Sunday, May 22, 2016

The Not So Sweet Reality

Lets introspect on how things were a half century ago. At that time people consumed lots of fat, butter and pure ghee. Sweets were eaten rarely and the sweetener used was honey. Ninety percent of the food that people ate was cooked at home. The fast food industry was nearly non existent and there were few available brands of biscuits, potato chips, cakes, mithai, chiwda, chocolates, colas or ice cream. Going out to eat ice cream would be nothing less than a family event which would be fondly remembered for days. A box of mithai would come home but once in months. All of these snacks were consumed rarely! Restaurants were few and going out to eat was infrequent. Also infrequent at the time were here heart attacks, blood pressure, obesity and diabetes.

Then cholesterol was identified as the substance which was found in blocked blood vessels. This lead to a diet revolution based on fear. We were told that dietary cholesterol is bad for our health. We started avoiding fatty foods like cheese and butter, oily food or deep fried food. We didn't eat the egg yolk and only preferred the egg white. At a restaurant we started to ask for normal roti and not 'butter-roti'. We would frown if we saw a dish with excessive oil. This movement against fats and oil tilted the diet towards carbohydrates. Slowly but surely diets around the world became carbohydrate rich.

Simultaneously there was a surge in the economy and people's spending power increased. The food industry expanded and packaged foods and fast food became affordable. Refined sugar and refined flour became the main ingredients of these snacks. What was a luxury enjoyed once in many months, could now be easily consumed every week or even every day. Today, the smallest event is celebrated by cutting a cake. Home refrigerators are loaded with ice creams and colas. They have become oft consumed midnight snacks. Historically sugar consumption has increased from barely 2kg per person per year in the eighteen century to a whopping 70kg per person per year in the twenty first century. Calorie intakes have increased but physical activity has reduced. People are enjoying a sedentary lifestyle. With elevators and cars there is no need to exert. What has also increased unfortunately are the rates of obesity. People are developing pot bellies more than ever before. Low fat and high carbohydrate diets are not having the desired effect that was hoped for. In fact the absolute opposite is happening. Along with obesity, rates of blood pressure, diabetes and heart disease are up.

Only recently, the veil has been lifted. It is not fat, butter or cholesterol that is the real devil. It is the carbohydrates, especially the simple ones like refined sugar and foods that contain large quantities of this sugar. To reduce the rates of obesity, diabetes and heart disease we must re-adopt the lifestyle our ancestors. We have to change the way we think about food. It is time for a paradigm shift. We should not consume sugary drinks like colas, tang, rasna or sugary tea. They are directly linked to obesity and therefore many diseases. Biscuits are a strict no, at least not daily. We can eat a biscuit, or a piece of cake, or a few chips once in a while. Jam is full of sugar and we must stay away. Same is true with tomato ketchup. Snacks and mithai must be consumed only occasionally. On the same note, we must not eat out often. It is desirable to stick to home cooked food made with hand picked, quality ingredients. In addition to simple sugar, we must eat less quantities of starchy foods like potato, maida, rice and bread.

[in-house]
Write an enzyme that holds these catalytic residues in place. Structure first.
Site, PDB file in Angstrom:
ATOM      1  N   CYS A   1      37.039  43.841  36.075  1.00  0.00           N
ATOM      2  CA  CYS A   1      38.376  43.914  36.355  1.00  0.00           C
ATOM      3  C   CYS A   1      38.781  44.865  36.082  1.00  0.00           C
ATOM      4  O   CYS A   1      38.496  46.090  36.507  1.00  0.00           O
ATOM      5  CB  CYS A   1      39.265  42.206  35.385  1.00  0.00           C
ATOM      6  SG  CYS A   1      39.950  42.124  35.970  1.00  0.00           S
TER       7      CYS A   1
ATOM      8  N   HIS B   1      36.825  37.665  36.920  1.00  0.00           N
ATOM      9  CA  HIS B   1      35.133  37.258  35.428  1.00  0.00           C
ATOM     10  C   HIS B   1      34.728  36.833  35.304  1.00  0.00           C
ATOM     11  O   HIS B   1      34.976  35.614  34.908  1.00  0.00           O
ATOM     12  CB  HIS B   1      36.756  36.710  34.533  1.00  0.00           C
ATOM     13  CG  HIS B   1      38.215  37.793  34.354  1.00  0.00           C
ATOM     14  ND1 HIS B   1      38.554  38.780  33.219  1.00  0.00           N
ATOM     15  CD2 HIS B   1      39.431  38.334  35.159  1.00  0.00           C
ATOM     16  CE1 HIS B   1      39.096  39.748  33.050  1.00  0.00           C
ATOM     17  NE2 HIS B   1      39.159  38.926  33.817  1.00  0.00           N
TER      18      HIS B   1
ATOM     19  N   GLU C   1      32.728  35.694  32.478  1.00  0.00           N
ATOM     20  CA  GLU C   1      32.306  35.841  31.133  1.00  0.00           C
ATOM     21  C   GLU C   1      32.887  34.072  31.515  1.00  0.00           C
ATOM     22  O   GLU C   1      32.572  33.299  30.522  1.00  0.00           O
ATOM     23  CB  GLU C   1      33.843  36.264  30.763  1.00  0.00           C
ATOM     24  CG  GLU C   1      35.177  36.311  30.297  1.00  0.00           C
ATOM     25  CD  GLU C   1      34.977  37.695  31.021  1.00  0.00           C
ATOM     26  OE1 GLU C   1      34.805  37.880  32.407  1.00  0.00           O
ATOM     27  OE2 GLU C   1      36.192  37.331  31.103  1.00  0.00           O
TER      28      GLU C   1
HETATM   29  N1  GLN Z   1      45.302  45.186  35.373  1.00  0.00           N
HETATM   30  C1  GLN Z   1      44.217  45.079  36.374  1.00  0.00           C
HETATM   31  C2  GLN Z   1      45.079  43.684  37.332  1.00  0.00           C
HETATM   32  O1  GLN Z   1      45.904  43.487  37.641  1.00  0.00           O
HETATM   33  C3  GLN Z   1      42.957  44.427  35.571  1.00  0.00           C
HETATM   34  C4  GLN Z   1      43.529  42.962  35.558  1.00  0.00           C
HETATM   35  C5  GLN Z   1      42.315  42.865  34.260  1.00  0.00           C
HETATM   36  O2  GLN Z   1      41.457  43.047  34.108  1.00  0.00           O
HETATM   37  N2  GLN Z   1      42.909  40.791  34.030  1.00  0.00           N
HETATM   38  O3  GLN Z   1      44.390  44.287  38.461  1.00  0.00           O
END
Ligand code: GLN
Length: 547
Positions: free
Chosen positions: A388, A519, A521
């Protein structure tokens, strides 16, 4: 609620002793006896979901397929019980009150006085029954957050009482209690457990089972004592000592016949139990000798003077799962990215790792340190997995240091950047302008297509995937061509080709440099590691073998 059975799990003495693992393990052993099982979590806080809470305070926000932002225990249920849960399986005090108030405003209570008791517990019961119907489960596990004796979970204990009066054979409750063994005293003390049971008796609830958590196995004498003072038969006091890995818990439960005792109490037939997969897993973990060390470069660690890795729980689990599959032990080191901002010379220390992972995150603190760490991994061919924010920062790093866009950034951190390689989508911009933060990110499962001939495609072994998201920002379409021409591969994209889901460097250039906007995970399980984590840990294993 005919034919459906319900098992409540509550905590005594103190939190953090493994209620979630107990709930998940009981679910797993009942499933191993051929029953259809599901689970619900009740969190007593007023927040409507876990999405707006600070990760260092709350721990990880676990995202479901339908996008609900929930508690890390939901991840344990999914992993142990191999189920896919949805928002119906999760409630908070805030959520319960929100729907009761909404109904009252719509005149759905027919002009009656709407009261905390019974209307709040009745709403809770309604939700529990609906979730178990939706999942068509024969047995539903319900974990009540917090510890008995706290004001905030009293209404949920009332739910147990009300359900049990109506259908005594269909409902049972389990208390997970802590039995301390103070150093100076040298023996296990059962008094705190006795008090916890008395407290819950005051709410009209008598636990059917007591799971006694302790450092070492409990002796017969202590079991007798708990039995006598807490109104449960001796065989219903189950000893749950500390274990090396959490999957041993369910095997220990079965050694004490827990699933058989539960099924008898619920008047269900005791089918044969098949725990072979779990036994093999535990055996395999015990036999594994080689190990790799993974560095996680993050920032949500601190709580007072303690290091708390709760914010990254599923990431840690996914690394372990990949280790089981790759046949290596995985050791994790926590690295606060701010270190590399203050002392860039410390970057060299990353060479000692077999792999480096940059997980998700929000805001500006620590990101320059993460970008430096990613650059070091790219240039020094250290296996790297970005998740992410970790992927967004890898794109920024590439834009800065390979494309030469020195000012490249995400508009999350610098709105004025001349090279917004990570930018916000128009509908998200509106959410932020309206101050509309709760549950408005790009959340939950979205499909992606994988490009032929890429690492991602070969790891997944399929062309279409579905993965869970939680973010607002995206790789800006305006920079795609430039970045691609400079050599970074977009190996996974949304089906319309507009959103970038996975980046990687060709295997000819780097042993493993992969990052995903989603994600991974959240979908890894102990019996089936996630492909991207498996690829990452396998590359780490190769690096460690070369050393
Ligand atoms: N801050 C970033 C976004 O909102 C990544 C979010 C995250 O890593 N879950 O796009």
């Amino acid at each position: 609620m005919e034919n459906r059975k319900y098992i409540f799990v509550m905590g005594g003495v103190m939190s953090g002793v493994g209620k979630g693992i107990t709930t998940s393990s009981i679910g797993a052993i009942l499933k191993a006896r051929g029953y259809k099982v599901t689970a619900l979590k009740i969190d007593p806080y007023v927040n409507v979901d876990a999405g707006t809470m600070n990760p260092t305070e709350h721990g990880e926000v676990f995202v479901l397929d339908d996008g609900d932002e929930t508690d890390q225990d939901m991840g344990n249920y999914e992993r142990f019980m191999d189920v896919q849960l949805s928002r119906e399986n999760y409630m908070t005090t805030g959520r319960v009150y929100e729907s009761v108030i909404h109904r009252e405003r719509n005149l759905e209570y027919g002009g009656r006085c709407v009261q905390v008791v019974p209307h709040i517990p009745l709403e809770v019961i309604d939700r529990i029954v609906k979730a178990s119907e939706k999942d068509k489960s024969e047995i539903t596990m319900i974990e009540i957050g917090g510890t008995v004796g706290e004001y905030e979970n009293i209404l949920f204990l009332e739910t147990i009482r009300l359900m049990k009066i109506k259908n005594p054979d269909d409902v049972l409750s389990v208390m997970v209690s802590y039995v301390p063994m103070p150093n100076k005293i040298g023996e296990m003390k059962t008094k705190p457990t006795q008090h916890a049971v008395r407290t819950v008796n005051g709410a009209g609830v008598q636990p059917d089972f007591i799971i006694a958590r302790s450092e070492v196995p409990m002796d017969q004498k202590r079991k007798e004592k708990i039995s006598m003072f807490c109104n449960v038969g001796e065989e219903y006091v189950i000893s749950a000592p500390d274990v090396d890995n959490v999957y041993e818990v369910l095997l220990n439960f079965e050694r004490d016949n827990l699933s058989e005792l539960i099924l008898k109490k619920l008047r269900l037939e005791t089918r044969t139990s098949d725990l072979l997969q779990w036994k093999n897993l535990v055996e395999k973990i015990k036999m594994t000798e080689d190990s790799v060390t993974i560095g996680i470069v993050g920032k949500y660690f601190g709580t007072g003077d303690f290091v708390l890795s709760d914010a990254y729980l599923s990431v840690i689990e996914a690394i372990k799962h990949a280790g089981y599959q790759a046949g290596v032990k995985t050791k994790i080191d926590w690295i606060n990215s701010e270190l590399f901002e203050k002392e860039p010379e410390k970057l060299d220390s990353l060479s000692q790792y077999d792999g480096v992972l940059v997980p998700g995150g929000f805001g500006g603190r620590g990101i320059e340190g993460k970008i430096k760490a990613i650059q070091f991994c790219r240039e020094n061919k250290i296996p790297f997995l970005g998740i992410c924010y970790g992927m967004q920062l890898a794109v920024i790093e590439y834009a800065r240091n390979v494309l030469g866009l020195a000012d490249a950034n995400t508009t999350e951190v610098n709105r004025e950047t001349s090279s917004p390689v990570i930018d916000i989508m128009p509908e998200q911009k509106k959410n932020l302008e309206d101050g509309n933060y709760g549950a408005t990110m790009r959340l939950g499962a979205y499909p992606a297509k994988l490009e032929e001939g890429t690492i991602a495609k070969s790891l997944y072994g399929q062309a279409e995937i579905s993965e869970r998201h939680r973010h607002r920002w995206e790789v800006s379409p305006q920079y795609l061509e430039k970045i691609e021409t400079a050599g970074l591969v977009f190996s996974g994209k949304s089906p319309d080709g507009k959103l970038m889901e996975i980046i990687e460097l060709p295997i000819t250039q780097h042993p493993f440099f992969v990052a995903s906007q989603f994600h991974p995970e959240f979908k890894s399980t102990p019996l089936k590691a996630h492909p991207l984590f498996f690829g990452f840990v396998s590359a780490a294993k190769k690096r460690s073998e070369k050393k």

Sugar from a cola or an ice cream or a chocolate is easily digested and quickly absorbed in the blood stream. This puts a strain on the pancreas to produce a large quantity of insulin. This insulin in turn reduces the sugar in the blood by converting it into fat. Moreover it makes you hungry and you end up eating more food. Regular high sugar consumption literally burns out the pancreas and the end result is diabetes.

Along with diet we must re-adopt the physical activity of our ancestors. We must exercise by going to the gym, walking, cycling, swimming or similar activity. The best results are seen with weight training either in the gym or by using body weight (push ups, dips, squats etc).

In conclusion, sugar is the real problem. Lots of sugar indirectly enters our system through packaged foods. We must make it a habit to read the ingredients before we consume any foodstuff. Our food should come from our own kitchens and not from restaurants, bakeries or factories. Carbohydrates are the new enemy!